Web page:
- Life Style
The Supreme Constitutional Court will begin considering controversial changes to the Political Rights Law on 14 June, court spokesperson Maher Samy said.
Parliamentary amendments to the law, also known as the Political Isolation Law, would strip top-level Mubarak officials of their political rights for 10 years.
The law would apply to anyone who served as vice president or prime minister during the last 10 years of former President Hosni Mubarak's tenure, as well as those who served as president, secretary general or on the two leading secretariats of the now-dissolved National Democratic Party. The changes have not been implemented because of questions about their constitutionality.
When the bill was approved by the military council in April, the Presidential Elections Commission excluded Shafiq from the race, but then accepted his appeal against the decision.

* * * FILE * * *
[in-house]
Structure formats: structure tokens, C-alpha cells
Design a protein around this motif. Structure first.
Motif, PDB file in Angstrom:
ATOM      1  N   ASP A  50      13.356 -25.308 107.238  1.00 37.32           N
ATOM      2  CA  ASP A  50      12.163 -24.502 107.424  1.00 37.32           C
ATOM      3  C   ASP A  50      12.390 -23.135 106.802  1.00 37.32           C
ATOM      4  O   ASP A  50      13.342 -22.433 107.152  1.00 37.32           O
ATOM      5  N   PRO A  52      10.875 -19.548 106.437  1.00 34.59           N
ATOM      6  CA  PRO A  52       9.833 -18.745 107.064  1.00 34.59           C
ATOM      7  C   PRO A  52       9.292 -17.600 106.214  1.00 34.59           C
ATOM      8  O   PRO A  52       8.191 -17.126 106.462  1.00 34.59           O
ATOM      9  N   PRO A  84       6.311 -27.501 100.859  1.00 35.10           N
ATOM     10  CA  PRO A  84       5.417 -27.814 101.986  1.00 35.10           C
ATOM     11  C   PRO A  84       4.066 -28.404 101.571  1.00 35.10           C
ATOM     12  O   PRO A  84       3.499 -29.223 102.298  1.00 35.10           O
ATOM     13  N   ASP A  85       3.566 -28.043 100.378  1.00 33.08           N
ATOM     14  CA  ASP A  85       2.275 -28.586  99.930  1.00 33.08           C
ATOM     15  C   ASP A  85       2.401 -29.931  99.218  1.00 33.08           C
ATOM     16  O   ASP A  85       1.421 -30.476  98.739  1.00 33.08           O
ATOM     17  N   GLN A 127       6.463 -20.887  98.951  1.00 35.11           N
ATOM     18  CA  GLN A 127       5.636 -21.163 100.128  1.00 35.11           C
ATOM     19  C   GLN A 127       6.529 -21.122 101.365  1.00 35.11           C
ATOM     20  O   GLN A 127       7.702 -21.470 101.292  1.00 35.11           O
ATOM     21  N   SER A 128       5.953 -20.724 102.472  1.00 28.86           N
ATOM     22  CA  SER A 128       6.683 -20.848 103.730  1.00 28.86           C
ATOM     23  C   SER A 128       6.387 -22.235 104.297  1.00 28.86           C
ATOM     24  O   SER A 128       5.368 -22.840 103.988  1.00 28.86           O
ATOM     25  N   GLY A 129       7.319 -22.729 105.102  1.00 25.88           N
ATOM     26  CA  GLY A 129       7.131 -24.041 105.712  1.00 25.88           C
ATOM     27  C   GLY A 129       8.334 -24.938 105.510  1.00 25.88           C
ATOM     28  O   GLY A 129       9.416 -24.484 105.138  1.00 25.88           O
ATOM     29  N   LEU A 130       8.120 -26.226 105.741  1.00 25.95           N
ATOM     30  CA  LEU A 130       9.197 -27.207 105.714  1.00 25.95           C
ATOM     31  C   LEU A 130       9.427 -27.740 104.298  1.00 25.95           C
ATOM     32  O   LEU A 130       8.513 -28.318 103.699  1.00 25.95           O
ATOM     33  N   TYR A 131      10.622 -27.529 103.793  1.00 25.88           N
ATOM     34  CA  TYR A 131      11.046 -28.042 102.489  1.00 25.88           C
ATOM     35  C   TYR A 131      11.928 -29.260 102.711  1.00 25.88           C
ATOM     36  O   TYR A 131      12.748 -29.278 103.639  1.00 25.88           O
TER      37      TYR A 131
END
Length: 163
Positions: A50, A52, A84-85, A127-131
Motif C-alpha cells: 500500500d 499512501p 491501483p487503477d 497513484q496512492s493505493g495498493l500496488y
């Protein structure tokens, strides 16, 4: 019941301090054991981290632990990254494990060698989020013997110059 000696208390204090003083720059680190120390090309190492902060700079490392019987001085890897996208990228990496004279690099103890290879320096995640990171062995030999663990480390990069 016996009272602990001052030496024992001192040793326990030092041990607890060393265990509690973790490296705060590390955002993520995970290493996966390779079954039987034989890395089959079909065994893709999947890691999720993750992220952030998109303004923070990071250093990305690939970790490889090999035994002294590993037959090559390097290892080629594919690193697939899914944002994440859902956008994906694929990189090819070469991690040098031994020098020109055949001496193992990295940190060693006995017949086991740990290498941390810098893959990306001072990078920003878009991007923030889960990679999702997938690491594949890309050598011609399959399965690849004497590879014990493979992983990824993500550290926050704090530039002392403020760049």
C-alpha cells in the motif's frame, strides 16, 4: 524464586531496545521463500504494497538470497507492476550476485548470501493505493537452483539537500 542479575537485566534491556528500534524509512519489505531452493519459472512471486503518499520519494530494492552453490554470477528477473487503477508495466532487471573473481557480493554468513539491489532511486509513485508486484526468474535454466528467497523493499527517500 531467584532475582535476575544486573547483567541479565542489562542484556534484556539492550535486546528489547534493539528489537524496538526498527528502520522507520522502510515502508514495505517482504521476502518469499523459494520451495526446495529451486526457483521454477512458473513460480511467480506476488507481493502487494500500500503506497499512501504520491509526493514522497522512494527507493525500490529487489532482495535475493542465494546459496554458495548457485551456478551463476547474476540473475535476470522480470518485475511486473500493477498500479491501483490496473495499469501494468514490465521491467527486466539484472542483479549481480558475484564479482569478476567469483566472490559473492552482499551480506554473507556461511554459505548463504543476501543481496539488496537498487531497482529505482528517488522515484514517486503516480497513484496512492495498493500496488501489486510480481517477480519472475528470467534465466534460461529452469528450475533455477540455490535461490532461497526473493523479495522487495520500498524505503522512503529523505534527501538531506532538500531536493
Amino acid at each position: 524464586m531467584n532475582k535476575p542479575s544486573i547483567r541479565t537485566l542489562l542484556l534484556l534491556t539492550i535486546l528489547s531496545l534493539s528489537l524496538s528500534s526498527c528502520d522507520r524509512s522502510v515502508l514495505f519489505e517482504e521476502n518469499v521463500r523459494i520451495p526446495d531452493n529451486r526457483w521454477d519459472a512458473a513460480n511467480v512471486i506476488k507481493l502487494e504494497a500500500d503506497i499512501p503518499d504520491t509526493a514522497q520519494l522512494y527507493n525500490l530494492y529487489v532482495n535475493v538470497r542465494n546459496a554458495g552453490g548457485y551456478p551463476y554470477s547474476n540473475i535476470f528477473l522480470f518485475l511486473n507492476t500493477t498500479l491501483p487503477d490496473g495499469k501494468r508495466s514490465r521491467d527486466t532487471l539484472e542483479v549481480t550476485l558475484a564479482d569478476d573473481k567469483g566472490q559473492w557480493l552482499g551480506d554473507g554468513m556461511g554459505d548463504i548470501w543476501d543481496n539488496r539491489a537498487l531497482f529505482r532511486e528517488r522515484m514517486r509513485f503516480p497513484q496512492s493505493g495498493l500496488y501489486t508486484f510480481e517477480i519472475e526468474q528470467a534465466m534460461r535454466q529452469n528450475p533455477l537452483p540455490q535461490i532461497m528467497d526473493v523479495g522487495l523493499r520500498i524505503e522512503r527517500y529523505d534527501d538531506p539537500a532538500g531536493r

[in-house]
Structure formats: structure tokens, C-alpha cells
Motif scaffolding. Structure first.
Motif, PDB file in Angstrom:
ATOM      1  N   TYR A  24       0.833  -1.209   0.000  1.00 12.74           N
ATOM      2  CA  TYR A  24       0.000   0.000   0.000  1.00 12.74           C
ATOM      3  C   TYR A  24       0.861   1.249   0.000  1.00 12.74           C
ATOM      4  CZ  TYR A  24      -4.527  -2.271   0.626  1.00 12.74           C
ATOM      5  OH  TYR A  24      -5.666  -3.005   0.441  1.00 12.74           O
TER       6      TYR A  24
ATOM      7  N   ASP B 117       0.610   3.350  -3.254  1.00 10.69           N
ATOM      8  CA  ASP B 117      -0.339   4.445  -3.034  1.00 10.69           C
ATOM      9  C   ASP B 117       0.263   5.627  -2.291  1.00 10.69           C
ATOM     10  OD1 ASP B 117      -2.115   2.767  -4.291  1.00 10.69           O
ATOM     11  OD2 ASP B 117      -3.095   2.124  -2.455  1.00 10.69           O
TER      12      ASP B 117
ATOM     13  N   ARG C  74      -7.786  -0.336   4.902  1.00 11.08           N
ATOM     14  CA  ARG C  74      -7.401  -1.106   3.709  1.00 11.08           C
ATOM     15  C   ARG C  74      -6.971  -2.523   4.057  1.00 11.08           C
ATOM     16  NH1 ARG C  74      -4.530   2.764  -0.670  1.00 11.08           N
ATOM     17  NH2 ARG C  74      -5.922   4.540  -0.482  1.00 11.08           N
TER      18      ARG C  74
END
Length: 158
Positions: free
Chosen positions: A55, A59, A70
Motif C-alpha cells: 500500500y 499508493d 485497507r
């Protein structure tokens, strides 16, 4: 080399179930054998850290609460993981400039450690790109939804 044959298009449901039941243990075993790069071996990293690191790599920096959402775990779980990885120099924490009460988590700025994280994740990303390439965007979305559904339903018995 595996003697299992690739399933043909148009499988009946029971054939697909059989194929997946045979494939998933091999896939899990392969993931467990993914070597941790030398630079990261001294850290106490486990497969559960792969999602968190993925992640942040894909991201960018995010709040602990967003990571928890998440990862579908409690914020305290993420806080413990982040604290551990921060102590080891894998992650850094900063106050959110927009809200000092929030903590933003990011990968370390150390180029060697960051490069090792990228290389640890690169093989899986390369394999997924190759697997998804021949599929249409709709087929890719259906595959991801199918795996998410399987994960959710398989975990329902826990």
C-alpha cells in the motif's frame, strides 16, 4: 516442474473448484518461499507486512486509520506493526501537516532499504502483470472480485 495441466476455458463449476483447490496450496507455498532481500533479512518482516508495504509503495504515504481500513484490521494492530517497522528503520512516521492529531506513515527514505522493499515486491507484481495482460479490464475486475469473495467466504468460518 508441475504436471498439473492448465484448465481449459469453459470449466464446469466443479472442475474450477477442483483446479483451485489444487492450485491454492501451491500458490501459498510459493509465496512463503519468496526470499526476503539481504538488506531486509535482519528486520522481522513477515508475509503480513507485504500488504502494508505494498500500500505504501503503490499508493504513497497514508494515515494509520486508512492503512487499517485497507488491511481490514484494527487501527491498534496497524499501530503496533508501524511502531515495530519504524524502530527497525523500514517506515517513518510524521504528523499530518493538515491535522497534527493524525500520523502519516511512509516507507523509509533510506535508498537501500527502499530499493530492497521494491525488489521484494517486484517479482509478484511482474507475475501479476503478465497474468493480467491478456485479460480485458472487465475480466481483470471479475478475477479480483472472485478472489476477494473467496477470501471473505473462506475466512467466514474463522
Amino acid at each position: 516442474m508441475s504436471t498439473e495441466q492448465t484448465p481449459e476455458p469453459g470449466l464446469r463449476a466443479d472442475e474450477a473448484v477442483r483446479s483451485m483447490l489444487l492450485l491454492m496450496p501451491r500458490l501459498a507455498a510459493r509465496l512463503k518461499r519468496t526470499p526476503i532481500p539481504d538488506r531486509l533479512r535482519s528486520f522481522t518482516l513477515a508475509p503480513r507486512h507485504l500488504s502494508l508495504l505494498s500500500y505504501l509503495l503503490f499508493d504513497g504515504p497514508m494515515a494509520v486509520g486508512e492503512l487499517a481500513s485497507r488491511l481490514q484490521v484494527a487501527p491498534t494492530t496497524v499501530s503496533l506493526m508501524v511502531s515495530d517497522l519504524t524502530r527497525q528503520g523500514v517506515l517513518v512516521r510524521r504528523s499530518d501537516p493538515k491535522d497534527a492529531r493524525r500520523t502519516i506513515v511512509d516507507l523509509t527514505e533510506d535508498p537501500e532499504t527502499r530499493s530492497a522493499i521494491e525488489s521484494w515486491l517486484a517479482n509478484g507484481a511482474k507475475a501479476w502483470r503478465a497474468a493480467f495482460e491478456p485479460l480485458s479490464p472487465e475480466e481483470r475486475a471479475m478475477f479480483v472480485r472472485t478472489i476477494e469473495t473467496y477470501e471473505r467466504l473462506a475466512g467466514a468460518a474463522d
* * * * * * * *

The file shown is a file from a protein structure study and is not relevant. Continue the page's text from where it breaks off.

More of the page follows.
Samy told state-run news agency MENA that during the 14 June session, the court also plans to consider a constitutional challenge regarding an election law.
The Supreme Administrative Court in February referred the law regulating the People's Assembly and Shura Council elections to the Supreme Constitutional Court based on its judgment that allowing political parties to vie with independents for individual seats could be unconstitutional.
The SCAF issued the law in July 2011, stipulating that half of the People's Assembly seats would be elected from a single-winner system and the other half from a list-based system.
But in September, it amended the law to allocate one-third to individual candidates and the rest to party lists and banned political parties from competing for individual seats. The following month yet another SCAF amendment reversed the earlier decision and allowed political parties to field candidates for individual seats.